CHN’s COVID-19 Watch: Tracking Hardship January 22, 2021


January 22, 2021

COVID-19 HardshipJanuary 22, 2021 

The 100 million vaccinations in 100 days edition. President Biden plans a vigorous response to the coronavirus pandemic. He has proposed a sweeping national plan to make tests and vaccines more abundant, make schools and travel safer, and help states pay for efforts to control the virus. Biden’s strategy includes aggressive use of executive authority to protect workers, advance racial equity, and ramp up the manufacturing of test kits, vaccines, and related supplies. The President envisions the creation of mass vaccination sites, including in stadiums, gyms, and community centers, along with a program to build the public health workforce to help with testing, contact tracing, and outreach. 

On his very first day in office, President Biden signed three executive orders relating to the pandemic. They require Americans to wear masks and socially distance on federal property and under other limited circumstances; halt the Trump Administration’s withdrawal from the World Health Organization; and re-create a White House unit on global health security and biodefense that was disbanded a few years ago. 

What of President Biden’s goal to vaccinate 100 million Americans in his first 100 days in office? Experts say this goal is attainable – especially in the latter part of the 100-day period, when they say we very well may be surpassing one million vaccinations a day. The good news is that vaccines have been ramping up. Between January 7 and January 14, the vaccination rate – doses in arms, not just vaccines delivered to states – nearly doubled, and as of early this week, the daily average surpassed 850,000. The bad news is that the vaccine cupboard is nearly bare. There are currently not many vaccine doses in reserve, and this week alone, tens of thousands of Americans who had appointments to get the vaccination saw their appointments either postponed or abruptly cancelled. Right now, there is simply not enough supply. 

President Biden is taking bold states to corral the coronavirus pandemic, and states and localities are willing partners. But Biden – and the states and local governments – cannot go it alone. They need help. One step we must take immediately is to pass the President’s $1.9 trillion COVID-19 immediate relief package, the American Rescue Plan, including funds for vaccines and other health measures, aid to prevent serious hardship and poverty among workers and families, and support for state and local services. You can tell your members of Congress to pass the plan here.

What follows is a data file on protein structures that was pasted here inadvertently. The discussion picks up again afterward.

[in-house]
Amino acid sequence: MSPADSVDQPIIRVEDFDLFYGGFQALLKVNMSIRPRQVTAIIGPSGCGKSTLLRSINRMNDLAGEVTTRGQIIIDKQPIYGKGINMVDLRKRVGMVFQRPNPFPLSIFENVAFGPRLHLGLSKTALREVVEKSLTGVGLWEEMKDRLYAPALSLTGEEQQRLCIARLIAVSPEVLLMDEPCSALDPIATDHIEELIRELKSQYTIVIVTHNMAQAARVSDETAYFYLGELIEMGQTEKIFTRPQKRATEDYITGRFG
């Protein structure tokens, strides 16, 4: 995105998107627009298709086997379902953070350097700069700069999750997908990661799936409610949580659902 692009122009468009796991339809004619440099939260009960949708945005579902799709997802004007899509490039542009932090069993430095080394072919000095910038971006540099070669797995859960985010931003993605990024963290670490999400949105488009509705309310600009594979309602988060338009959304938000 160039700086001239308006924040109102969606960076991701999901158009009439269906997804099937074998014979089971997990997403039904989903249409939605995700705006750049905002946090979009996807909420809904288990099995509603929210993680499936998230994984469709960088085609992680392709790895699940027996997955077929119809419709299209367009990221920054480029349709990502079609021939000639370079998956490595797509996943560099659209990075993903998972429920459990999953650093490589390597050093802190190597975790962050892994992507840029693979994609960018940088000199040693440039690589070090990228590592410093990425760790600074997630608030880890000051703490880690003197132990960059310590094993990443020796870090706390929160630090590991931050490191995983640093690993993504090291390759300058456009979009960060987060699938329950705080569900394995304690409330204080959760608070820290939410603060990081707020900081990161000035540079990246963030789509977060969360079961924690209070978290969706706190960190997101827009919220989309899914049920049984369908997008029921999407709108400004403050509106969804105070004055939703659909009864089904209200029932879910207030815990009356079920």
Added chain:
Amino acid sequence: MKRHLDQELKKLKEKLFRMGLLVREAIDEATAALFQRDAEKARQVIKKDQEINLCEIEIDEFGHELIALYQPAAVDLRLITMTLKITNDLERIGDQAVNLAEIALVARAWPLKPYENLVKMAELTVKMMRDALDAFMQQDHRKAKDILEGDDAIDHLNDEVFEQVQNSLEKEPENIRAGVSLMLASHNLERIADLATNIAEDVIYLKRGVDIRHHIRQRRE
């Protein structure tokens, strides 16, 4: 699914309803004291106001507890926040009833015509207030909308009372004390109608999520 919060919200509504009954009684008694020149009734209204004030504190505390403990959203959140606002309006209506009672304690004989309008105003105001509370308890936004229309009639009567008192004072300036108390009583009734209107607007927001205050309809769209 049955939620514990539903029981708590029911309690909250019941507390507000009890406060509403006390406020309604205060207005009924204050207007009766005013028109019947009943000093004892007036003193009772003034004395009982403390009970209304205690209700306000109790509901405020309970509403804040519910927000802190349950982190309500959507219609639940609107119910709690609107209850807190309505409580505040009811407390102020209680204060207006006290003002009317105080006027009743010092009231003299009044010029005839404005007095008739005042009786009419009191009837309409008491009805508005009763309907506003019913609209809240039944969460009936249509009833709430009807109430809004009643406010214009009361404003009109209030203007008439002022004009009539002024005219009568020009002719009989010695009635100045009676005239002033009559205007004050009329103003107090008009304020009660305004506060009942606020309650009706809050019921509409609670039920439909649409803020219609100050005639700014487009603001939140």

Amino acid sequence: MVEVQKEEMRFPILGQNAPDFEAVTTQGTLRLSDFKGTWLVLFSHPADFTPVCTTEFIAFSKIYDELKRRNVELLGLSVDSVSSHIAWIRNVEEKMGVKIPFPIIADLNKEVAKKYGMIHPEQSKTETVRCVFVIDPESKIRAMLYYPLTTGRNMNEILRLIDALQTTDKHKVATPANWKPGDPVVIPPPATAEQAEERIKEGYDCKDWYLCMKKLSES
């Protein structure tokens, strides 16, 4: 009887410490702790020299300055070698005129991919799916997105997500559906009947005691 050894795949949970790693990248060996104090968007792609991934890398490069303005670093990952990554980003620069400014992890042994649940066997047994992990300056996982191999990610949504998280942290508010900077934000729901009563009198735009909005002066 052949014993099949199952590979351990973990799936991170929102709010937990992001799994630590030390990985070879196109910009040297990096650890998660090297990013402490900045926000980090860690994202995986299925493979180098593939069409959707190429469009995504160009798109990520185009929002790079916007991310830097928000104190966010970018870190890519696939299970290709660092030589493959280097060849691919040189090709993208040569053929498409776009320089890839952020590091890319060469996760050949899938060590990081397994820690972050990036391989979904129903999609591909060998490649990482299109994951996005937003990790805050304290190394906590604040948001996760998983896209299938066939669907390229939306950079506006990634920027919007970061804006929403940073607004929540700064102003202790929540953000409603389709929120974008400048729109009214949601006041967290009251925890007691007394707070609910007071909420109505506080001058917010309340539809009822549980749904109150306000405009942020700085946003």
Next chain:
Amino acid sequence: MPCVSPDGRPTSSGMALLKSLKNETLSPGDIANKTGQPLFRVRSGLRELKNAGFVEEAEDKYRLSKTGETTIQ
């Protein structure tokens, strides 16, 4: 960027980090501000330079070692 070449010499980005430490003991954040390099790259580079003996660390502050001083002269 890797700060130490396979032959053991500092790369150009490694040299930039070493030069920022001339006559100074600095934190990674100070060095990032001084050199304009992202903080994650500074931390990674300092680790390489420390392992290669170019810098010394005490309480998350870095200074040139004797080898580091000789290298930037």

1.3 million


The number of new unemployment claims for the week ending January 16, up about 113,000 from the previous week. This includes regular state UI claims (seasonally adjusted at 900,000) and Pandemic Unemployment Assistance claims (for gig/self-employed workers, 424,000). Tweet this. 


Nearly 16 million


The number of Americans who were claiming UI benefits as of January 2, the last week available for that measurement. Tweet this.


44 weeks


Last week was the 44th consecutive week that new UI claims were higher than the worst week of the Great Recession. Tweet this.




On Wednesday, January 20 – Inauguration Day – the U.S. reported 184,754 new COVID-19 cases – down 16% from two weeks prior. But it also reported 4,367 new deaths – up 14% during the same time period and the second deadliest day of the pandemic. Tweet this.




The number of people – mostly elderly – who saw their COVID-19 vaccine appointments cancelled this week in Erie County, NY, which includes Buffalo. A South Carolina hospital cancelled 6,000 appointments through March. Across the U.S., thousands and thousands of Americans saw their appointments abruptly cancelled as vaccine supplies dwindled. Tweet this.




The number of vaccine appointments scheduled for Thursday and Friday in New York City that were postponed because of a shipping delay.




Earlier this week, new COVID-19 cases in Texas were averaging more than 20,000 a day – a 500%-plus increase from October, when cases averaged 4,000 a day. The spike in the nation’s second most populous state threatens the nation’s ability to rein in the virus.




The percent of Americans who think the pandemic is not under control. That is true of 94% of Democrats, 91% of Independents, and 79% of Republicans.




The percent of Americans who say they “definitely” or “probably” will receive the vaccine. About half of Democrats say they “definitely” will get the vaccine, compared with about one-quarter of Republicans.




The percent of registered voters who expressed confidence in President Biden’s ability to achieve rapid distribution of the COVID-19 vaccine.